A former Deputy Minister of Education under the John Mahama administration, Samuel Okudzeto Ablakwa, has said the government’s move to make technical and vocational education training (TVET) free is only papering over the cracks in the sector.
Speaking on Eyewitness News, Mr. Ablakwa said this was “mere rhetoric” that will not address the main TVET challenges.
[contextly_sidebar id=”WsRsuXmvleL48kzW5iaYBwcWKyTKegUl”]He was commenting on President Nana Akufo-Addo’s announcement that this initiative will be launched later in the in 2018 to help equip the youth with skills for the transformation of the Ghanaian economy.
The initiative implies that, students within the various technical and vocational institutions will attend school free of charge.
Also speaking on Eyewitness News, Dr. Yaw Osei Adutwum, a Deputy Education Minister, said over 200 TVET institutions are expected to benefit from this.
The TVET institutions would come under the umbrella of the yet-to-be-established Technical Vocational Education Service.
Initiative nothing new
Mr. Ablakwa remarked that this initiative was nothing new.
The 2018 budget indicated that TVET reforms will see the alignment of public TVET institutions under the Ministry of Education.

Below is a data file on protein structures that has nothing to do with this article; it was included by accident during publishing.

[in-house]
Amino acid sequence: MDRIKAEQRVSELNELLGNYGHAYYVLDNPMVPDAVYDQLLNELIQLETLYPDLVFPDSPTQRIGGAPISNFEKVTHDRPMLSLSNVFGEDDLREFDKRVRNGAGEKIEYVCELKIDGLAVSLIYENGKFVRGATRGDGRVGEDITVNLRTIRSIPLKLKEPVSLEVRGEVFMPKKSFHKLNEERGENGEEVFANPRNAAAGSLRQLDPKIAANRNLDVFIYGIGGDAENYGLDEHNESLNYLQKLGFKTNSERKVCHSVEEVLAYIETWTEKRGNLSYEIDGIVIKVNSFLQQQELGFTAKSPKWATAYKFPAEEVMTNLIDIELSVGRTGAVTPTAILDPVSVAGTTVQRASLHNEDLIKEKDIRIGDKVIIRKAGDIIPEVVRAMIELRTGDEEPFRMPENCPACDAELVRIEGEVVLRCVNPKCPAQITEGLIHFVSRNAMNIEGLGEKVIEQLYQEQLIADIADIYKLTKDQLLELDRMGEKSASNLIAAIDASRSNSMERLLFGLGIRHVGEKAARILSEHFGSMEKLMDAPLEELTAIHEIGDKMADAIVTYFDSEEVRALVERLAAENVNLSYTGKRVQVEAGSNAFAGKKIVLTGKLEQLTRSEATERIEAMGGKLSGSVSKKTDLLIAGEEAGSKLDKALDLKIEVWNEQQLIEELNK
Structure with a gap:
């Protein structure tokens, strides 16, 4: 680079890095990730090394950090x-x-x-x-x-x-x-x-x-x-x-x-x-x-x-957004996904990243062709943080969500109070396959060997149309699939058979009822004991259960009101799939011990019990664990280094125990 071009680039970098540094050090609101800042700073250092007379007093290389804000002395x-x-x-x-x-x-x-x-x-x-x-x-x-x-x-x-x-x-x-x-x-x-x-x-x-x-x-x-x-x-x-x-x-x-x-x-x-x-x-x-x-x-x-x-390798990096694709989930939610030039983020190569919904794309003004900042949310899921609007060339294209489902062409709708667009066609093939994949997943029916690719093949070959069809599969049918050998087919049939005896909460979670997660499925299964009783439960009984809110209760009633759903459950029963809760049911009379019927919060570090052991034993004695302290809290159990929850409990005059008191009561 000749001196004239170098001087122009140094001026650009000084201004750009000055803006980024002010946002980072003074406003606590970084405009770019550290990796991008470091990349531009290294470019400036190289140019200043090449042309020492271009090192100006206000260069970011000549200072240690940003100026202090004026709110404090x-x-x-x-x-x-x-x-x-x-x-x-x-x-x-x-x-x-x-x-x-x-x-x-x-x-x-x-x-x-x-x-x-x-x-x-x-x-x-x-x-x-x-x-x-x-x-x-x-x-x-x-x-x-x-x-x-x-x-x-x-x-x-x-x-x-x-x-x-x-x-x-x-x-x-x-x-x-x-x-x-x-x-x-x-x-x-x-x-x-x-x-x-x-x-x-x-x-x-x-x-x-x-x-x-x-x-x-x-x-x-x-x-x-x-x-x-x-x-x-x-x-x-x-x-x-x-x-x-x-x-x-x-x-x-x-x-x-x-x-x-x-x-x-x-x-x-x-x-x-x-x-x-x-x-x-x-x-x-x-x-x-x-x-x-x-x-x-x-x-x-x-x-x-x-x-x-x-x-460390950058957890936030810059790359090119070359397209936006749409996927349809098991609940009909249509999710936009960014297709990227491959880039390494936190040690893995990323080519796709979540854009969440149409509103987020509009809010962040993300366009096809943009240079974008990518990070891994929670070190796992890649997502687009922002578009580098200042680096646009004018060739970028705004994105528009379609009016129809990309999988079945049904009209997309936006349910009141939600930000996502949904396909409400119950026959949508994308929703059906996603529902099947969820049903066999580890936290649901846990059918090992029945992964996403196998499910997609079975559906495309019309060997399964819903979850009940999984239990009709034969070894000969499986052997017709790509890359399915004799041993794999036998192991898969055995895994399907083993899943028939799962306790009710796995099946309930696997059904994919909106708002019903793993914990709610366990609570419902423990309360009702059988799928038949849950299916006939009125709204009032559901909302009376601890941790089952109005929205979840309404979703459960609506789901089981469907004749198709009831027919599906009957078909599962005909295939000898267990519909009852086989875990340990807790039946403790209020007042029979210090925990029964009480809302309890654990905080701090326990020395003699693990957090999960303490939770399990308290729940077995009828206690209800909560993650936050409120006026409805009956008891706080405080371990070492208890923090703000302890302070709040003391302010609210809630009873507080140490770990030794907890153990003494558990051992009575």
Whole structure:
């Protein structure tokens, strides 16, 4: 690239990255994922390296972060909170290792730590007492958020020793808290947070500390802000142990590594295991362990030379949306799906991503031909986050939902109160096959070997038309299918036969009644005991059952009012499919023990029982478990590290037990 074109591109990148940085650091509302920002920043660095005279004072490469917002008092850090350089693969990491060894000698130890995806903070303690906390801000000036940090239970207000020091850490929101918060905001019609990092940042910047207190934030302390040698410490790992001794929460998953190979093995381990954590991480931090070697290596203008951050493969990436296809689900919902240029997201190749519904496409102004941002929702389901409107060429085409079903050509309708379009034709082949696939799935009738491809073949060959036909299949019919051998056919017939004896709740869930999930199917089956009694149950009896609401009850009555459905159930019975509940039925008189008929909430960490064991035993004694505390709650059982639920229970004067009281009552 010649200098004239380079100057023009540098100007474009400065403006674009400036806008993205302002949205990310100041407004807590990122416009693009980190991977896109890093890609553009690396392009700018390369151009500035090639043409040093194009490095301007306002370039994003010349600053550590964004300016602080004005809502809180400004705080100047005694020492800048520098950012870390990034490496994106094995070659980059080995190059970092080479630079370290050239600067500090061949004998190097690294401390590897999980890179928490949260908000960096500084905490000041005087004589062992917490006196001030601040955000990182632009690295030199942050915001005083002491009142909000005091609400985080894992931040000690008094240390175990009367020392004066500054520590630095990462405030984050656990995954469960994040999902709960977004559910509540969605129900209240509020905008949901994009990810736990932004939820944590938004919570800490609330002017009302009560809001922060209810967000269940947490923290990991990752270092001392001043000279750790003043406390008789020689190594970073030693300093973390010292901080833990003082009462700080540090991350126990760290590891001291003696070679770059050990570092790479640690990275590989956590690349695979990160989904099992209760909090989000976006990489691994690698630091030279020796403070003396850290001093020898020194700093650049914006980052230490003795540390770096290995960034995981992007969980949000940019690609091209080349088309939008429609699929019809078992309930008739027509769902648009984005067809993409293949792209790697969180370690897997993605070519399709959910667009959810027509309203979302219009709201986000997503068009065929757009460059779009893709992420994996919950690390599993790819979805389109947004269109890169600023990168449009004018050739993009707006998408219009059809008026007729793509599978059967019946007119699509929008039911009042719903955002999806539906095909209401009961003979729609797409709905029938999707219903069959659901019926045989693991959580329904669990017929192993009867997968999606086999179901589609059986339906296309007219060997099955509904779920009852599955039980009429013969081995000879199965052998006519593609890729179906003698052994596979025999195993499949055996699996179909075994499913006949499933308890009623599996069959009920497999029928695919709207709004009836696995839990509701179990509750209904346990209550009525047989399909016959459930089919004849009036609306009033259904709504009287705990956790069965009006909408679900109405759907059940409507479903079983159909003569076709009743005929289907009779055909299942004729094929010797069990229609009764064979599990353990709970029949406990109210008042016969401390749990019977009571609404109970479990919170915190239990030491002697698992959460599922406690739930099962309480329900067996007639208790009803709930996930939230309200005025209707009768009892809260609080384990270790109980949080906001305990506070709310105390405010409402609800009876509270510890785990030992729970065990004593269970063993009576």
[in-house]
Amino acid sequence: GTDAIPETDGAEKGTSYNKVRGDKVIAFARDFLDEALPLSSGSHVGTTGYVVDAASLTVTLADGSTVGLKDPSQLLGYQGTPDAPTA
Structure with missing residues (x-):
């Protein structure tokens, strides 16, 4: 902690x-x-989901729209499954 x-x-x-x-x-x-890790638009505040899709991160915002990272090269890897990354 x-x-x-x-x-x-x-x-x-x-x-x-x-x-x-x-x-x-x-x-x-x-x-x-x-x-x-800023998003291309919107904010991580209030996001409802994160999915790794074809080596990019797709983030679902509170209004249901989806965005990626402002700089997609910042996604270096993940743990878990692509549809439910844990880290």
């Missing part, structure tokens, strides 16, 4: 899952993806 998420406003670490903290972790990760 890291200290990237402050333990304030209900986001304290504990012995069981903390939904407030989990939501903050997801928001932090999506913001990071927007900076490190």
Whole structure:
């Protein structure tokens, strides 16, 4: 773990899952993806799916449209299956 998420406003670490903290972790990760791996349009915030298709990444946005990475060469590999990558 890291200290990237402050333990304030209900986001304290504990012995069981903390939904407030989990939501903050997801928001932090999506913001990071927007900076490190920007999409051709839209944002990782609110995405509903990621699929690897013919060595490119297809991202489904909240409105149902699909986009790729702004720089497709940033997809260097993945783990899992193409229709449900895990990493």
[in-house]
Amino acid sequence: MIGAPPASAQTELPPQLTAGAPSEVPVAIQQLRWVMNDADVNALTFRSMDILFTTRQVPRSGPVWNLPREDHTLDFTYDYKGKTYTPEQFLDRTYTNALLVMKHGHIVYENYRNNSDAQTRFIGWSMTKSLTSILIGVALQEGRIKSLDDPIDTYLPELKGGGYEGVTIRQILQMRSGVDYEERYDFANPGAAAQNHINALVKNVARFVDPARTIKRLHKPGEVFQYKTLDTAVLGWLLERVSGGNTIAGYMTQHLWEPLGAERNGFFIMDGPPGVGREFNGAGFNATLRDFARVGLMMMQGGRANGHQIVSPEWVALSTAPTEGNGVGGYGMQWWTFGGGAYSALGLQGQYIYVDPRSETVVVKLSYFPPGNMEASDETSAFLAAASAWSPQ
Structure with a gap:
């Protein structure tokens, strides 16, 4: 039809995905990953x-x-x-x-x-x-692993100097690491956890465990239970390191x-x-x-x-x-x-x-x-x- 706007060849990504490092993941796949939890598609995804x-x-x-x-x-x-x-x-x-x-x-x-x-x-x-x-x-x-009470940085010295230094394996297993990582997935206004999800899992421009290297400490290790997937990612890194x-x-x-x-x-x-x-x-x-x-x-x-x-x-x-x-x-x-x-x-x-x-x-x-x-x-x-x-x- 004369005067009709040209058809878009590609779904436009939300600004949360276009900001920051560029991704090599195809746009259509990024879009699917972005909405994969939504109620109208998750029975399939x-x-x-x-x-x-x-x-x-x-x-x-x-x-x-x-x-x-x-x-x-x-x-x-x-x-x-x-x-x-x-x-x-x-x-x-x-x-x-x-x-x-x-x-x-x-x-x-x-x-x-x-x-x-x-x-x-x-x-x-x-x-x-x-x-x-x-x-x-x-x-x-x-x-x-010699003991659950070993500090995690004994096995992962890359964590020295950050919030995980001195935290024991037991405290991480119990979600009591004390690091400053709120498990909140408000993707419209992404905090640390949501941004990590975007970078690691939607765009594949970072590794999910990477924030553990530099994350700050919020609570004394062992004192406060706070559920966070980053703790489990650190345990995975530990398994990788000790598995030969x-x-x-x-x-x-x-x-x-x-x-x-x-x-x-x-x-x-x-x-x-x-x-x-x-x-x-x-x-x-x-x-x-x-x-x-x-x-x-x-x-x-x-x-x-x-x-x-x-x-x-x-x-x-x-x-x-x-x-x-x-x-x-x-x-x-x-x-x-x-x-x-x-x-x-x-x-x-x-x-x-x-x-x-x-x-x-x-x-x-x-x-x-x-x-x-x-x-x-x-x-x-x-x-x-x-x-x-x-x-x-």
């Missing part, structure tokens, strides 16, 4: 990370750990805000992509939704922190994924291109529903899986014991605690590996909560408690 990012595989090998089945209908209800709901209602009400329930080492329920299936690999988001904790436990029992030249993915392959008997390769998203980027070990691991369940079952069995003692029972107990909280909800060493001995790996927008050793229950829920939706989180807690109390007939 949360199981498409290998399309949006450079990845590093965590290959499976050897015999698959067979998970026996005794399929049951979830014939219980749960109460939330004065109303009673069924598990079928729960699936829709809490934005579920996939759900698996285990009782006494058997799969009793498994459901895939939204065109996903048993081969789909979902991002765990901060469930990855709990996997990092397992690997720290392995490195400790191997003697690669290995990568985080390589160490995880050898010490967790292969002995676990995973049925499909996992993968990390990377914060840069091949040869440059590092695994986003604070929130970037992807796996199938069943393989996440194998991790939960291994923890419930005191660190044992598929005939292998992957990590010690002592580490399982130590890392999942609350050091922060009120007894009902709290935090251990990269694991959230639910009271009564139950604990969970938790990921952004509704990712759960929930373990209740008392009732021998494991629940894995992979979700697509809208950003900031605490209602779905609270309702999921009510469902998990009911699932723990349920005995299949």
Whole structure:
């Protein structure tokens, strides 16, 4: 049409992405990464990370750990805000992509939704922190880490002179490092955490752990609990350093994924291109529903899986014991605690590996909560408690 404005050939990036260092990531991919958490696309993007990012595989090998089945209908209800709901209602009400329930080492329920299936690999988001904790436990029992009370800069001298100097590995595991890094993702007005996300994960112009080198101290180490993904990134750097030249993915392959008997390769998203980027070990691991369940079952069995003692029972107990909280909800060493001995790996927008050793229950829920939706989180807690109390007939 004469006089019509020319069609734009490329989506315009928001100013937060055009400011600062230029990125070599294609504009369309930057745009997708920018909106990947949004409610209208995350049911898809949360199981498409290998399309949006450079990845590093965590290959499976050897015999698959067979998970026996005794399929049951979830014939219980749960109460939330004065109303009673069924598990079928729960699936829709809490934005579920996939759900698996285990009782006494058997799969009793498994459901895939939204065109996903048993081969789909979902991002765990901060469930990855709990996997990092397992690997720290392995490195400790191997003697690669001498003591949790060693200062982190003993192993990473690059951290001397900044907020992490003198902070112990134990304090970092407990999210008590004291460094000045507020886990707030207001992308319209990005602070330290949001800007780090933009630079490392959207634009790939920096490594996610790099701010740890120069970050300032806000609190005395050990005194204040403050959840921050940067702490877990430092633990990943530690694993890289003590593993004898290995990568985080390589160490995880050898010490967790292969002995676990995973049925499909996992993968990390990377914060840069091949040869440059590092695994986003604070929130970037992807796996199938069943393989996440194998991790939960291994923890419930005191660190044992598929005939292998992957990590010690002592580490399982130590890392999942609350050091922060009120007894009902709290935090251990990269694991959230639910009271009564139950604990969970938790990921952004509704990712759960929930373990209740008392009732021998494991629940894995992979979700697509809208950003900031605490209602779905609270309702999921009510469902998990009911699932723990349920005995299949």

“The impression that we got from the President’s speech was as though there was going to be a special programme for TVET. It is exactly not the case. It is clear that some TVET institutions are benefiting as we were told… What is really going to happen now is a realignment of TVET institutions that are now going to be brought under the Ministry of Education,” he pointed out.
But the former deputy Minister said there were more pressing challenges confronting TVET having to do with infrastructure and patronage.
“The challenge confronting technical vocational education in our country is not an issue of affordability. It is about investing in the sector. TVET is very expensive. You need the tools. You need the equipment… they have not raised additional funds for TVET and that is really where we need to pay attention.”
He noted that monetary commitment from the Akufo-Addo administration’s first two budgets left a lot to be desired.
“The 2017 budget, the 2018 budget, the GETFund formula for 2018 did not address this. If we had not secured the $125 million, there would have been no funding for TVET… they are only relying on the $125 million we raised for the development of skills for Industry projects.”
“Secondly, how to re-brand… the challenge in our country is that the youth do not find TVET attractive so everybody wants to obtain grammar type education,” he added.
Dr. Yaw Osei Adutwum, the Deputy Education Minister, agreed with Mr. Ablakwa’s claim that some TVET institutions were already benefiting from the Free SHS.
According to him, about 47 schools in that sector are indeed covered under the Free SHS policy.
By: Delali Adogla-Bessa/citifmonline.com/Ghana